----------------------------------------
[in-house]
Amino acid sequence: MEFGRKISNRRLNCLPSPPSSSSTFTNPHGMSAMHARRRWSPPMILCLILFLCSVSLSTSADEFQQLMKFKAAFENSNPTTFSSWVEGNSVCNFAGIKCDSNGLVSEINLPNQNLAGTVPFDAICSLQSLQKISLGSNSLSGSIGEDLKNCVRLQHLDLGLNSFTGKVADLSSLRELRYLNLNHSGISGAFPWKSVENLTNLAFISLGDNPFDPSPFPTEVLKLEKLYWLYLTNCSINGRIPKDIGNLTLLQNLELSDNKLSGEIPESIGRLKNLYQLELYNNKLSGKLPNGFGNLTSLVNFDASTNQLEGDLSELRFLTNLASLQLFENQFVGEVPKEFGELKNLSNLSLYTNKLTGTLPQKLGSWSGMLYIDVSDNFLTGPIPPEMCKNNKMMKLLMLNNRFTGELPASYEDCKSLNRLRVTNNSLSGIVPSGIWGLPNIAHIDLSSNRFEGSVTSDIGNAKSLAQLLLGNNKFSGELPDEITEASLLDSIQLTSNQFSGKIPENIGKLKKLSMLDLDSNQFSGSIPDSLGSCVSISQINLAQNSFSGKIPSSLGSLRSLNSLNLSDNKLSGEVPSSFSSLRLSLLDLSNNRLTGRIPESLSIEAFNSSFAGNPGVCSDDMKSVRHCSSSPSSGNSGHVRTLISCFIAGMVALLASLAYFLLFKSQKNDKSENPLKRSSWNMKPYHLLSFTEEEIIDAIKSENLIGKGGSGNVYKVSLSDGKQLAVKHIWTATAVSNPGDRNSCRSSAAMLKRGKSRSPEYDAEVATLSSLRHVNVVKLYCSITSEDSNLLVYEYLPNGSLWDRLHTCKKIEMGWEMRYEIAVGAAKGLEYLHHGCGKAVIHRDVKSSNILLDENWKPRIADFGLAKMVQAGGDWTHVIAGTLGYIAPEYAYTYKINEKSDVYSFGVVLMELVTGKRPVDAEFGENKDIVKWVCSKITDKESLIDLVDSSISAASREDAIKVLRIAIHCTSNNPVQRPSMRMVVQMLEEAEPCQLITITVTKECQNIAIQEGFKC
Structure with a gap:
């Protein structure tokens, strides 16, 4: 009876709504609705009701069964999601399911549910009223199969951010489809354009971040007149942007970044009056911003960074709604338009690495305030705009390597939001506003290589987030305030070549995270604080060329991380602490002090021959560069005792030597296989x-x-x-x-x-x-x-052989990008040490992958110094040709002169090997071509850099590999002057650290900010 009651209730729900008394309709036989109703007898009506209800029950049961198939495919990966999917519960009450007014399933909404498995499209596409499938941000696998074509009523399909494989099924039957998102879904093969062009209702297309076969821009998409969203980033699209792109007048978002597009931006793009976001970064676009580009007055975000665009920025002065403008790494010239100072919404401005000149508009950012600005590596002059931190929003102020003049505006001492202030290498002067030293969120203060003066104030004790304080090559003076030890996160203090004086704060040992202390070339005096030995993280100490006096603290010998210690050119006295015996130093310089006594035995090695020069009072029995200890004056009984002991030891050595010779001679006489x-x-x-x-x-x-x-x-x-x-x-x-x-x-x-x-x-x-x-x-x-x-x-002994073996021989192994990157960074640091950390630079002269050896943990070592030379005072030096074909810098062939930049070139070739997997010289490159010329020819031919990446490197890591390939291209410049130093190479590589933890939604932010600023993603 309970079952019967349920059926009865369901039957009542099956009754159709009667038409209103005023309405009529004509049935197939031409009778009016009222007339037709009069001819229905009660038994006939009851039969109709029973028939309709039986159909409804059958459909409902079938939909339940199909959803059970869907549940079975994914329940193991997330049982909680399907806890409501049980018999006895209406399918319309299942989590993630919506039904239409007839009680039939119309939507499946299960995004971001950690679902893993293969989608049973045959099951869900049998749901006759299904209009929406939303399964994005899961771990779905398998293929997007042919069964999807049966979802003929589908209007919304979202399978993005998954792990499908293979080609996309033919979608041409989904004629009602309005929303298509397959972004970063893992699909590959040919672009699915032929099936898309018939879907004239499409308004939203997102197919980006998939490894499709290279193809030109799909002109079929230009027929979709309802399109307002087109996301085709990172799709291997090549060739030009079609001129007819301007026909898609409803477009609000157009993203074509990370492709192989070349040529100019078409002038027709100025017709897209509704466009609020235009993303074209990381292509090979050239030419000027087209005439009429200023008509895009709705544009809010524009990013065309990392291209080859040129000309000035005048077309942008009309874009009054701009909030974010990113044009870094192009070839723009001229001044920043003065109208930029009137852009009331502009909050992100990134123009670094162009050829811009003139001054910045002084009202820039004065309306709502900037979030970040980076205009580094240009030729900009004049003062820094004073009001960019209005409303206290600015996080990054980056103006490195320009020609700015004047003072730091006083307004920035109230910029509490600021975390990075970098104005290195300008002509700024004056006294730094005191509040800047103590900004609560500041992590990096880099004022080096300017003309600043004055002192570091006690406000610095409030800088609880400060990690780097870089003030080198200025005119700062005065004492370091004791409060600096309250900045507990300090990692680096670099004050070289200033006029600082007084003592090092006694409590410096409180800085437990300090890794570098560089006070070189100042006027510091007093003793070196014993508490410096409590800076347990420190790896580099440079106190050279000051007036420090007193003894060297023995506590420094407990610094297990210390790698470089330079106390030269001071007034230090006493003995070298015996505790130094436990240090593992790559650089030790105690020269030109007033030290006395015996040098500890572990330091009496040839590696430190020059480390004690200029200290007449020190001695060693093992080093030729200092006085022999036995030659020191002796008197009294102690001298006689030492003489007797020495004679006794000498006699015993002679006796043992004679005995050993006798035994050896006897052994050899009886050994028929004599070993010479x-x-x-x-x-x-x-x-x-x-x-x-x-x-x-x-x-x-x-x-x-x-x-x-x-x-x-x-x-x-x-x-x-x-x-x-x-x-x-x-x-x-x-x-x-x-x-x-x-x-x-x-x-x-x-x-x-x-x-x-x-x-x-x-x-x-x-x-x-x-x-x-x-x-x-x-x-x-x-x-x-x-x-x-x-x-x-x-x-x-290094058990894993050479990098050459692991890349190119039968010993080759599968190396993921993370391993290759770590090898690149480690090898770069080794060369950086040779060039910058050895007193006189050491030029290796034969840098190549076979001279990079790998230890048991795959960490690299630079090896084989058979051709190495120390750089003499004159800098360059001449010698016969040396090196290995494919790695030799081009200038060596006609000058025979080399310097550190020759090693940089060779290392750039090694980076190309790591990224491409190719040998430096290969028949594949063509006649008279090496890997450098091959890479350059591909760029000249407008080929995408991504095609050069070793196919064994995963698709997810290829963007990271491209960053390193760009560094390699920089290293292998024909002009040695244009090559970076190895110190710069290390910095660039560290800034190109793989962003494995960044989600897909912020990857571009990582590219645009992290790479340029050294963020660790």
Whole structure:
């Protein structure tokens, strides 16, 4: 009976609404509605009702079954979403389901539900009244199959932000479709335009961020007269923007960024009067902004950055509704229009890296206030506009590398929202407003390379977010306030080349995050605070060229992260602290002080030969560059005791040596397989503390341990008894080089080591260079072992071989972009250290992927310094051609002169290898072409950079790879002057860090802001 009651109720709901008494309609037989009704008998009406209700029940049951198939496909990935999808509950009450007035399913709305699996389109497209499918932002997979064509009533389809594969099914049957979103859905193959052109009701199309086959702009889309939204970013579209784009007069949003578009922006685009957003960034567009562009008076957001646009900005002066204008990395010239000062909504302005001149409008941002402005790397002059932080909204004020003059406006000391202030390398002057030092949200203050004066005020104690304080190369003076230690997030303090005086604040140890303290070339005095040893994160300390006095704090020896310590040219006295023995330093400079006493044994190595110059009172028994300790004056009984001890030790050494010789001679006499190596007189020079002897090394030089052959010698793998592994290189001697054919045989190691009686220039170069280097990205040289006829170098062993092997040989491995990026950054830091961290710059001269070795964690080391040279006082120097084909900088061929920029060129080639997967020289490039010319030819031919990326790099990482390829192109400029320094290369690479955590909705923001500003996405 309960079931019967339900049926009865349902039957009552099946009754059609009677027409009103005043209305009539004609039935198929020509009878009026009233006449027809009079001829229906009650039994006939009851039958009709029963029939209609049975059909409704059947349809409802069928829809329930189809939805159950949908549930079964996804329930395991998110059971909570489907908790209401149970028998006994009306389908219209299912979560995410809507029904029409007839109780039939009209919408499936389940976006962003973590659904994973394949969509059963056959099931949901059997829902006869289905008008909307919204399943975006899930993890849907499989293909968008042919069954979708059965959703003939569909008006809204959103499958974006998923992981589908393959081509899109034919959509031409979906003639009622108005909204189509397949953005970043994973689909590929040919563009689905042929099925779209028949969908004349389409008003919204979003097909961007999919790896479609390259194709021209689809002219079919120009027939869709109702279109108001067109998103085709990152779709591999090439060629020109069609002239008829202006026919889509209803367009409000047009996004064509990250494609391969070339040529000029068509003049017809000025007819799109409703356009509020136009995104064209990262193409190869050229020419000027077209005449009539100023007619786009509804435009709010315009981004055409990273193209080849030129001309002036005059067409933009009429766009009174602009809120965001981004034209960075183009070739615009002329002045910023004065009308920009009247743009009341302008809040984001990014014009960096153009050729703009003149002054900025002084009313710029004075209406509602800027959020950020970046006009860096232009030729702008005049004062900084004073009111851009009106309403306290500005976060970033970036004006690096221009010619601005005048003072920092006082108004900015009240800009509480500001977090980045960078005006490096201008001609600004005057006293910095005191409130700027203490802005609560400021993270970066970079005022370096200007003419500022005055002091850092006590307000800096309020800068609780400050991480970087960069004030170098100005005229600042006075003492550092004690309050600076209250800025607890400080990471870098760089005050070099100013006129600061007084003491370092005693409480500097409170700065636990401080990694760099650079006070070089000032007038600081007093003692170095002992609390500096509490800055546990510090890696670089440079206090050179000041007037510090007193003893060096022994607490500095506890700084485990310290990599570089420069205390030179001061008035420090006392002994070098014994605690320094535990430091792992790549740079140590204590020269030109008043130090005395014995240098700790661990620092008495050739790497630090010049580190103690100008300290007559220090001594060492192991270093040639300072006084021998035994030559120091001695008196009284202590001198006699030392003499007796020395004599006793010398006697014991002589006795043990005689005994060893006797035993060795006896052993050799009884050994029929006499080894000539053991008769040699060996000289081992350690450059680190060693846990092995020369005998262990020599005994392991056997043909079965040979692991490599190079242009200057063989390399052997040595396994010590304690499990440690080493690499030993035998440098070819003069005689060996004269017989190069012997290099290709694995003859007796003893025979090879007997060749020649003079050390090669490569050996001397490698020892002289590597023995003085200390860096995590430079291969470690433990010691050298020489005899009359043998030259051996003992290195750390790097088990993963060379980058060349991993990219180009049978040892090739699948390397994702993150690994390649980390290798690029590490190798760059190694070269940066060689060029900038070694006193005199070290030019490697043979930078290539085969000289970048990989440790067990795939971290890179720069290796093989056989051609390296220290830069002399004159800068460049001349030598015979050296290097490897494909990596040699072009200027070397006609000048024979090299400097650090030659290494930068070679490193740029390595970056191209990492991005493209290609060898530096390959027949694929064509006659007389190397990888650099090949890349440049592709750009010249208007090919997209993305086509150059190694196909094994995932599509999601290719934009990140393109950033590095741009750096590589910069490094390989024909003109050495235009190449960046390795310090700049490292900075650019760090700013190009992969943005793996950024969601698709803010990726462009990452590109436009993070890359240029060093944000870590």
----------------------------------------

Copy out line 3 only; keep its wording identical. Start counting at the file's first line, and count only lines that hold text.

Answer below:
Structure with a gap: